It has probably been forgotten that during his tenure as Minister for Labour, Bertie Ahern introduced the following Bill:
The Act, it appears, was badly needed as a replacement to the Truck Acts. But what the Minister for Labour said is very interesting. Especially for a man who says he was cashing all his cheques and who appears to have only dealt in cash between 1986 and 1993 at least, and saved £50,000 cash in those years. On May 23, 1991, Ahern said:
My own interest in the Truck Acts is of more recent origin, prompted by a variety of modern-day concerns about effective and cost-efficient methods of wage payments. Throughout Europe, there has been a clear move away from cash wages. Of the countries where figures are available, Denmark appears to have the highest level of non-cash wage payment, with 95 per cent of employees paid otherwise than in cash. Some other European countries, including Spain, Belgium, and the former West Germany, all report levels of non-cash wage payment in the range 75 per cent to 90 per cent. In the United Kingdom, the percentage of employees paid wages, otherwise than in cash, is around 65 per cent. Ireland is at the bottom of the league. An FIE survey some years ago showed that just under half of all employees in this country were paid by a mode other than cash.
The Bill will facilitate the movement from cash to cashless pay which has advantages for employers and employees alike. For employees there are advantages in being paid through a bank account, through having less cash at risk of theft or loss and in having access to other services, such as a facility to pay bills by cheque or standing order, etc. For employers there are considerable savings arising from administrative efficiencies. Staff are not longer needed to make up  pay packets and security and insurance requirements are diminished.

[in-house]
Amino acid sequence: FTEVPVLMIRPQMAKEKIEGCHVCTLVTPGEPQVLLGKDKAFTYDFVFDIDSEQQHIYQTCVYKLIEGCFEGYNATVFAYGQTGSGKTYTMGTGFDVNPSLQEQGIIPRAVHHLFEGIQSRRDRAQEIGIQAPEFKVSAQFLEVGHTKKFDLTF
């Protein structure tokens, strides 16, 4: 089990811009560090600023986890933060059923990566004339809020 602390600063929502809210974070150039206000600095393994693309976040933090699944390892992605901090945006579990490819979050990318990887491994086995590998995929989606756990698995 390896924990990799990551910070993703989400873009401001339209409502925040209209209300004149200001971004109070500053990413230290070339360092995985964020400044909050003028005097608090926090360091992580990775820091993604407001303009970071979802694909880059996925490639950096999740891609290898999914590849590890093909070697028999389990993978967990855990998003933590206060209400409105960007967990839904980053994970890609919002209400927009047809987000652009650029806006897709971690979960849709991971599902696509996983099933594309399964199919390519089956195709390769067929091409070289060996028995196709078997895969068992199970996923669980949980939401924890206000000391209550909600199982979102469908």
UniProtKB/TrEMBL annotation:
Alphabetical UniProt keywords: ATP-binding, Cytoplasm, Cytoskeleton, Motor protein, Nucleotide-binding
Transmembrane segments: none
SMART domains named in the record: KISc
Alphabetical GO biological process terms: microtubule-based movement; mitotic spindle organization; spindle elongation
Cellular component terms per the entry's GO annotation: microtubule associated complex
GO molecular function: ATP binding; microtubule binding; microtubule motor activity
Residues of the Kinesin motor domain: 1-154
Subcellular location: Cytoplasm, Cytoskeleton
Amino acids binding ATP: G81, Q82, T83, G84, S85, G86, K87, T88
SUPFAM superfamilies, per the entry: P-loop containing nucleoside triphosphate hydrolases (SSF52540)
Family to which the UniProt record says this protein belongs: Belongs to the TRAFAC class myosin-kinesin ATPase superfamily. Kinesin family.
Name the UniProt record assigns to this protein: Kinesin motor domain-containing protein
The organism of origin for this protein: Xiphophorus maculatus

Some employee interests have suggested that the Bill should include a right for employees to time-off for the cashing of cheques. I think this is an issue best left for discussion and arrangement between employer and employees at local level, depending on the circumstances, like the location of individual firms the distance to travel and local services. The prospective savings of a move to cashless pay may encourage some employers to offer other incentives to their employees to opt for a change-over to some form of cashless pay. Initiatives by employers, in co-operation perhaps with banks and other financial institutions and in consultation with their employees and their unions, could in my view go a long way towards providing the necessary momentum for change.
But Ahern never did what he lauds in the Bill, which was enacted in July 1991. No, he would cash his cheques. Every one. For seven years at least. What on earth was he doing that for?
Or this gem from 1999, Bruton versus Ahern concerning the Gilmartin allegations:
Mr. J. Bruton: The Taoiseach said last night he regarded some contributions made to parties and politicians as appropriate and others as inappropriate. From what he knows about it, does the Taoiseach think the contribution made by Mr. Gilmartin to Mr. Flynn was appropriate or inappropriate?
The Taoiseach Bertie Ahern
The Taoiseach: I have no information on whether the contribution was actually given but as I have said previously in this House if people take contributions of £30,000, £40,000 or £50,000 it is very hard to explain and for that reason I do not think people should do that. Contributions of that order cannot ever be explained to the ordinary man or woman in the street. For that reason I do not think they are appropriate.
Mr. J. Bruton Mr. J. Bruton
Mr. J. Bruton: Was the Taoiseach shocked when he heard of this allegation?
The Taoiseach Bertie Ahern
The Taoiseach: Yes.
Shocked? No way. Ahern was well used to contributions of this scale.